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Q&A with Fr Fadi Salame

Father Fadi Salame

Perpetual parish: Father Fadi Salame in St Maroun’s, Greenslopes. Photo: Emilie Ng.

In the Catholic Church, April is traditionally dedicated to a particular focus on the Blessed Sacrament. Brisbane’s Maronite Catholic parish, St Maroun’s in Greenslopes, is especially dedicated to that devotion this month and has been for the past six months. The parish is one of only two known Maronite churches around the world offering perpetual adoration for 24 hours, seven days a week. Parish priest Fr Fadi Salame discusses why he has opened his church day and night for Catholics to pray before the sacrament. 

Q: What prompted you to keep the church open 24/7?
A: It started on August 28 (last year). There was a group, a Filipino group, called the Alliance of the Holy Family International, or AHFI. They asked me two years ago to try to have adoration here and we planned to have it downstairs in the church, in a little hall we have. But the problem was we are using the hall, so every time we needed to use it we would have to move the sacrament up and down. Finally I agreed with them, and I said to them, “Let’s have the church. The church will be open day and night for you and you can have adoration.” If we have any special occasions, we can put the sacrament aside as we continue our rites and celebrations, and they can have adoration after. So the Filipino group is taking care of it, and now maybe 10 people from my parish, they are now attending adoration. They’re having a special time. Some of them come early morning, some afternoon, during the day and evening. It was a very good idea and the decision was really hard to take. But when we took the decision, I really thank God daily about the adoration. It’s a blessing for our parish, for the whole archdiocese and, because Australian people are now attending the adoration, it’s a blessing for them and this area.

Q: Are some of the blessings visible or more spiritual?
A: About visible blessings, you see more people coming to church, attending Masses and adoration. And, you know, about spiritual, God knows what’s happening in the hearts and minds of people who come to the church. The change that occurs in their hearts and minds, we don’t know about it. But we believe that exposing the sacrament for six months, it’s already done a lot of changes in many lives of people here in this parish. My bishop (Bishop Antoine-Charbel Tarabay), the last time he came, he mentioned at the Mass that it’s very special to have adoration 24/7 here in Brisbane.

Prayer at St Maroun's

Time for adoration: Parishioners at St Maroun’s, Greenslopes, take time out for adoration before the Blessed Sacrament. Photo: Emilie Ng

Q: The norm for perpetual adoration, as outlined by the Church’s liturgical documents for exposition of the Blessed Sacrament, require the faithful be present during all times of exposition. Has this been happening at St Maroun’s for the past six months?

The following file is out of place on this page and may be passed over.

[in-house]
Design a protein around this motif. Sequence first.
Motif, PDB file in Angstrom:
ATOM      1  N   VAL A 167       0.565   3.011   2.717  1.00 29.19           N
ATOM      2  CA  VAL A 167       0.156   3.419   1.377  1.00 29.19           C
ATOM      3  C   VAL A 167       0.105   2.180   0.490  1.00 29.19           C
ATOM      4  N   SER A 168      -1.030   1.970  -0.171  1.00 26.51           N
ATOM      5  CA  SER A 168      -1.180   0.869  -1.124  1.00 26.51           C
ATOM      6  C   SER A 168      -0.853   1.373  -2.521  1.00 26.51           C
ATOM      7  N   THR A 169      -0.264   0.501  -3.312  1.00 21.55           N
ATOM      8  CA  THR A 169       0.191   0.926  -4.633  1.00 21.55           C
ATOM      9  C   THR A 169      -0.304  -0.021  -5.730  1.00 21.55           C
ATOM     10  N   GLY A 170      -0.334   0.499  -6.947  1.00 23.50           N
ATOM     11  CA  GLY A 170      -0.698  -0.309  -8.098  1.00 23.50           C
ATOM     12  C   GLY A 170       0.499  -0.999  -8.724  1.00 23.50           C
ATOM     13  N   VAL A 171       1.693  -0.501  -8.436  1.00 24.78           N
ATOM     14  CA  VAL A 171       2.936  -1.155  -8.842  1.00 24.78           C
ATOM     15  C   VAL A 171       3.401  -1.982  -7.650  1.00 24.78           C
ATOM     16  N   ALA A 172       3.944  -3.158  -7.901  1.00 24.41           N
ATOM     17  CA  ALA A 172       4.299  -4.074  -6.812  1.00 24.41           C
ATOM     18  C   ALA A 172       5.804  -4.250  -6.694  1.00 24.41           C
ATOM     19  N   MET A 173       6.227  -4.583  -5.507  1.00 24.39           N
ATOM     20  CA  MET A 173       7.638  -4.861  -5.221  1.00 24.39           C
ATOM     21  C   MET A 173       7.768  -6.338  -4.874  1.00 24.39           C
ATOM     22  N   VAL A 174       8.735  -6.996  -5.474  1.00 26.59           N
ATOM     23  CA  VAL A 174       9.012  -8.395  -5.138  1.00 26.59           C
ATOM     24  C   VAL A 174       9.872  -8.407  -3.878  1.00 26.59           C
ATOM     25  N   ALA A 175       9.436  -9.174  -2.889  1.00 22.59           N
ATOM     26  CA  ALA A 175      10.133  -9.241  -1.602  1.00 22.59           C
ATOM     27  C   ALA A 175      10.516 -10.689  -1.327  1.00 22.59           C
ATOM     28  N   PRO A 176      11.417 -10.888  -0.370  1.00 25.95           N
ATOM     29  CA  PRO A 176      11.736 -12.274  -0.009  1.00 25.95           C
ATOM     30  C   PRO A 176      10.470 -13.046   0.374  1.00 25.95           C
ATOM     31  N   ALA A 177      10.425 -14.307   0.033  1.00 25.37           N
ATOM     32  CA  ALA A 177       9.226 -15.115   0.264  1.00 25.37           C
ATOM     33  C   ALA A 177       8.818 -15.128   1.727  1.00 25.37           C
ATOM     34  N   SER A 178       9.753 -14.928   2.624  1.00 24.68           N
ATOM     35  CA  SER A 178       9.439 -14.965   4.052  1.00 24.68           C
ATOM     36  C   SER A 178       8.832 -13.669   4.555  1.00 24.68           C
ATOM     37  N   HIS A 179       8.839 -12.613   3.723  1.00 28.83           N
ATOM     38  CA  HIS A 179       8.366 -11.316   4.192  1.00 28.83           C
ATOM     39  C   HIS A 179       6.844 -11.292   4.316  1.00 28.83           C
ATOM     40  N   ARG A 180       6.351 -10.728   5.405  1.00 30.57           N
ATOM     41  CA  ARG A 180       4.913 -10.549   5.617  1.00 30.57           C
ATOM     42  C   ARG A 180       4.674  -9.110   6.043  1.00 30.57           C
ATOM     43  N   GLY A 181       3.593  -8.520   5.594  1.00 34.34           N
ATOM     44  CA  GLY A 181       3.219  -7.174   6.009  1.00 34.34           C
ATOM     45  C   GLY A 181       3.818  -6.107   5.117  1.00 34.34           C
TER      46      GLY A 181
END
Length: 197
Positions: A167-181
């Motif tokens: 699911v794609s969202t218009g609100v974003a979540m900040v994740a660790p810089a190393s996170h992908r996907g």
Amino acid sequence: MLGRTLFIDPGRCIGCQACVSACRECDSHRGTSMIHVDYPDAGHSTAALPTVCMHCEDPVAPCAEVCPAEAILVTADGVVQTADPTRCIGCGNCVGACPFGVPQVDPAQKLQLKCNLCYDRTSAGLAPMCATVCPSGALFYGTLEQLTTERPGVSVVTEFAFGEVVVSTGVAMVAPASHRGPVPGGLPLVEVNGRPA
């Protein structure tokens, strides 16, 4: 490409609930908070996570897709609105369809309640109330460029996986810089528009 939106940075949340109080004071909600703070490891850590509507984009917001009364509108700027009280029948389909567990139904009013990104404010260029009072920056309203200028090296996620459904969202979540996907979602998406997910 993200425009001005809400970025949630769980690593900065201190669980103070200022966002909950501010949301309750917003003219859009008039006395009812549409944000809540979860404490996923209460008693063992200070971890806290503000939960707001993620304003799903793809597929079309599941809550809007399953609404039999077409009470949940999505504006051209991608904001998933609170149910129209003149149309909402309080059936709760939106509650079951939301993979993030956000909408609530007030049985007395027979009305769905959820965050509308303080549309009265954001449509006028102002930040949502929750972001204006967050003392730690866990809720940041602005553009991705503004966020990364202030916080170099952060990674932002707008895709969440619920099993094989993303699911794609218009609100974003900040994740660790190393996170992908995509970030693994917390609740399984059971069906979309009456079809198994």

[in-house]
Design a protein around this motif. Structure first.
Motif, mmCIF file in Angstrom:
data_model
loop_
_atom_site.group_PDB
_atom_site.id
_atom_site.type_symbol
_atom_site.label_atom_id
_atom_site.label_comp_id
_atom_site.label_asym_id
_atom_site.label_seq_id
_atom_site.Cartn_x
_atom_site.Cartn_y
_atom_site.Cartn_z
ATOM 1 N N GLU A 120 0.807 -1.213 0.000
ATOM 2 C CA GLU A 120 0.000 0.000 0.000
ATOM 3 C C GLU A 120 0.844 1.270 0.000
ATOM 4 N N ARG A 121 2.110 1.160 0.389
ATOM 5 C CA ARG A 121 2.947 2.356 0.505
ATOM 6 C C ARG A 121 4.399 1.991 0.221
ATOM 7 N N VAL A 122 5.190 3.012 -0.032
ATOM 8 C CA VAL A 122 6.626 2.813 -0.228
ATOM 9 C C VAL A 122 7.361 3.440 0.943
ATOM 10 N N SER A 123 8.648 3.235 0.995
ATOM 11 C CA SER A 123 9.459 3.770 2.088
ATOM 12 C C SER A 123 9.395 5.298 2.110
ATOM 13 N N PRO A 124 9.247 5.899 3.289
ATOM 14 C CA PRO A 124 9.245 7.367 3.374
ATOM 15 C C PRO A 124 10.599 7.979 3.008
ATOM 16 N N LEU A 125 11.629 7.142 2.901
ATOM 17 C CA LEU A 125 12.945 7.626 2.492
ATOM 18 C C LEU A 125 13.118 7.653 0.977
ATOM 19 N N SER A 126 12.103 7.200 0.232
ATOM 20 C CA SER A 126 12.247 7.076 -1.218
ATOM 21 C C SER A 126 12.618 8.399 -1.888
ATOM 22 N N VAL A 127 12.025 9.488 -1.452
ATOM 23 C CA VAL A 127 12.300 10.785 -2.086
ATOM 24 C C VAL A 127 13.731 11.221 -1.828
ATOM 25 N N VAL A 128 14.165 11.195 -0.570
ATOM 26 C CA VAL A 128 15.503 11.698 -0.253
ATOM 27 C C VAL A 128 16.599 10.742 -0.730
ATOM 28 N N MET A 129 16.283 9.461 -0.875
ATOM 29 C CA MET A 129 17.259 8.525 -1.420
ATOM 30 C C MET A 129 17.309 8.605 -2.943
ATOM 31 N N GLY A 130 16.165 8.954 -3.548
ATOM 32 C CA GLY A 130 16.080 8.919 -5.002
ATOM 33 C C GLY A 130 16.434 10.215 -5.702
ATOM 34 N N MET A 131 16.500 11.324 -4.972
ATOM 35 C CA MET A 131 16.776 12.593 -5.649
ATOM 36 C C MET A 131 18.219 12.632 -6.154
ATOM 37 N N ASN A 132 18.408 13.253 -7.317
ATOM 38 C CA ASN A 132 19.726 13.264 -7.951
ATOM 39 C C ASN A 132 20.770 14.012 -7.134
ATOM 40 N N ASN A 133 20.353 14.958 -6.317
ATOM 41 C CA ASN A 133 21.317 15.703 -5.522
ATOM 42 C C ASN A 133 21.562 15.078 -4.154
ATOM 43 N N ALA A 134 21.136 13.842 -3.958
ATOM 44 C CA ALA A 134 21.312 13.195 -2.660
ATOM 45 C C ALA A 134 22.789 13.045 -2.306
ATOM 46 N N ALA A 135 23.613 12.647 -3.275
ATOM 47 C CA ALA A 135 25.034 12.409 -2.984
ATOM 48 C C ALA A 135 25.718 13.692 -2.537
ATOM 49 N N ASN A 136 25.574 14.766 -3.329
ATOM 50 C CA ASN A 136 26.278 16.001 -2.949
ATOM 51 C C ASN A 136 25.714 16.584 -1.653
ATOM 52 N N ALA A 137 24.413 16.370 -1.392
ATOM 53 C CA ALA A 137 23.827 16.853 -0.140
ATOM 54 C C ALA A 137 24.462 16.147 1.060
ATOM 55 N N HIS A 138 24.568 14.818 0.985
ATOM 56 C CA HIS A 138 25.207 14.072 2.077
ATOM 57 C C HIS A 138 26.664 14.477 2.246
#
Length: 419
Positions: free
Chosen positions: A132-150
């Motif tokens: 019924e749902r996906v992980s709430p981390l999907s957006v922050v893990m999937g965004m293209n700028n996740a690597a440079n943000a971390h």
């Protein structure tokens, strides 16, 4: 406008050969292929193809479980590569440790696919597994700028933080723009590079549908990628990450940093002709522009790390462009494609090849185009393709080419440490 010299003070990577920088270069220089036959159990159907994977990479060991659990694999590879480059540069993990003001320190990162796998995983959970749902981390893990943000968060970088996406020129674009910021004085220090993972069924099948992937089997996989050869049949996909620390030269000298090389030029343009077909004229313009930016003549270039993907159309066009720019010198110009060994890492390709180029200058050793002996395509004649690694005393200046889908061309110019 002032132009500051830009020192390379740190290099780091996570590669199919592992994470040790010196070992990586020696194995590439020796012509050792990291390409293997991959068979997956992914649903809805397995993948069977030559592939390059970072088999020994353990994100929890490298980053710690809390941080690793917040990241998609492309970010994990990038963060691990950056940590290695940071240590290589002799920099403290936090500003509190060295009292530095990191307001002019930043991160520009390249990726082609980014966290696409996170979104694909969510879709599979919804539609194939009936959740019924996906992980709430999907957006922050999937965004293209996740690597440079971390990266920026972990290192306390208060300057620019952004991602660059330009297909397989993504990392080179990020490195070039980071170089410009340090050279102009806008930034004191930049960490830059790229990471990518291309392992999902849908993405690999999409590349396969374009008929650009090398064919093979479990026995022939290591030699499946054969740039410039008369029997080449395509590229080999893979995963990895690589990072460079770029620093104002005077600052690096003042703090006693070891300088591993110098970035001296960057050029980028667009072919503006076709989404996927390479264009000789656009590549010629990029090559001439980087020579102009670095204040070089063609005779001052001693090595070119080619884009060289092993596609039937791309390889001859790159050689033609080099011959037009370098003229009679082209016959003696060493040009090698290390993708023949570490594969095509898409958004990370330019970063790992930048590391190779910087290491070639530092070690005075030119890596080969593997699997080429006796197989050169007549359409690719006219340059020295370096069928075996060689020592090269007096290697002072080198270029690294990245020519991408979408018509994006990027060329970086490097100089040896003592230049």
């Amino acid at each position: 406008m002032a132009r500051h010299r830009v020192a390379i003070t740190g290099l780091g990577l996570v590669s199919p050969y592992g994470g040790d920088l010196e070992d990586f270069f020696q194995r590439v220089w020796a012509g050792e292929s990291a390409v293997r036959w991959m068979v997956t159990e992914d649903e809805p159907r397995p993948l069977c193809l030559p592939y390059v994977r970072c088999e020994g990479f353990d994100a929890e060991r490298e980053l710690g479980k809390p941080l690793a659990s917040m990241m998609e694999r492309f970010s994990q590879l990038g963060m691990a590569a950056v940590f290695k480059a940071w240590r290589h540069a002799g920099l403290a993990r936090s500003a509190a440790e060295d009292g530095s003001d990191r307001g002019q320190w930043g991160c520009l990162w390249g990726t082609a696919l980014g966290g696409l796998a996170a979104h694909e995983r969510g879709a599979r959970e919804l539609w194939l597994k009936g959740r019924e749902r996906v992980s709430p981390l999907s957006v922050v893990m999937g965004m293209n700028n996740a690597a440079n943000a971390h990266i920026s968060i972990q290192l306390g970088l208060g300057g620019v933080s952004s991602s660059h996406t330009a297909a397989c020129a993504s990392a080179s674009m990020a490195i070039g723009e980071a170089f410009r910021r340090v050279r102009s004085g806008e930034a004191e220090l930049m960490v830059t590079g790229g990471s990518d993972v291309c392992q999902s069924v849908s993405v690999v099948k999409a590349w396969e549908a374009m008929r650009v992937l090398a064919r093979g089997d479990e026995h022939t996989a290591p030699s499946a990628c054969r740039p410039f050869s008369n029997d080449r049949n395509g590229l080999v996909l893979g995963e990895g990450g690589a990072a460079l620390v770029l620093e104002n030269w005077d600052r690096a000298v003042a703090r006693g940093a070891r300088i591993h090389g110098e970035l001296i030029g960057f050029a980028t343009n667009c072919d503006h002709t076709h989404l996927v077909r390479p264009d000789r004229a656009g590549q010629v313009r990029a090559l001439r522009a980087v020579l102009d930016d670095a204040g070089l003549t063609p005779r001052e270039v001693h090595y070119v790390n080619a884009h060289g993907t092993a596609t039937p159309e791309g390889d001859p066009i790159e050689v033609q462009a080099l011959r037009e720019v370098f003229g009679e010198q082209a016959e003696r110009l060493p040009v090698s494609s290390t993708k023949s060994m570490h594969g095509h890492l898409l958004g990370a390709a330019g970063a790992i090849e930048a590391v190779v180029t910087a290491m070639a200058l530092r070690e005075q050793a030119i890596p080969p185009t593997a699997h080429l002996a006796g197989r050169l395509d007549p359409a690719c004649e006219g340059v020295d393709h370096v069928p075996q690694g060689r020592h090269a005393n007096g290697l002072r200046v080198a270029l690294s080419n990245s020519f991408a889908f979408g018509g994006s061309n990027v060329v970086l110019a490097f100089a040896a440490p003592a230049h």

A: Yes, sometimes three, four, five people; it depends, but at least one is there especially during the night-time. Some of them come in groups of two people. And they’re happy. And I think Our Lord is happy too, to have this special open prayer day and night.

Q: Opening your church here in the Brisbane archdiocese is also responding to a call from Pope Francis to open churches during the Year of Mercy. But while he specified it for one particular day, you have extended it to six months.
A: Yes, hopefully we expect more people to join the group so some of them can have rest rather than coming two or three times a day. Because, you know, it’s very hard for people to come two or three times daily. Maybe in the future we can have more people so we can divide the work, the prayer, among different people of different ages. In saying that, we now have more than five youths doing adoration weekly, sometimes two days a week.

Q: Is there a specific tradition particular to the Maronite rite with regards to adoration of the Blessed Sacrament?
A: No. Everyone can say, pray whatever he wants in front of the Lord. We’re not saying you have to pray this or that. But during the adoration here, every group that comes to the church has to pray for Pope Francis, for the Maronite Patriarch, the Maronite bishop too, and sometimes for the parish priest, for me (laughs). And they’re praying for Archbishop Mark Coleridge and for everyone working in this archdiocese too.

Q: Have you got your own holy hour?
A: I’m trying, but not like them (the Filipino group). I’m trying but as a parish priest I’m not having anyone to help me. I’m trying to attend as much as I can.

Q: What are your prayers when you are before Our Lord?
A: Sometimes I pray the Office, the morning or evening prayer, the Rosary, the Divine Mercy, psalms and songs from our tradition. Sometimes I play the organ so I can do it twice because when we sing we are doing the prayer twice. I’m saying Masses for the group every two weeks, when we change the consecrated host. I’m saying in the Latin rite, because I am bi-ritual, so I can say Maronite and Latin Mass too. During the week I’m having two Masses on Tuesday and Thursday, and other days I’m saying Mass by myself.

 

Written by: Emilie Ng

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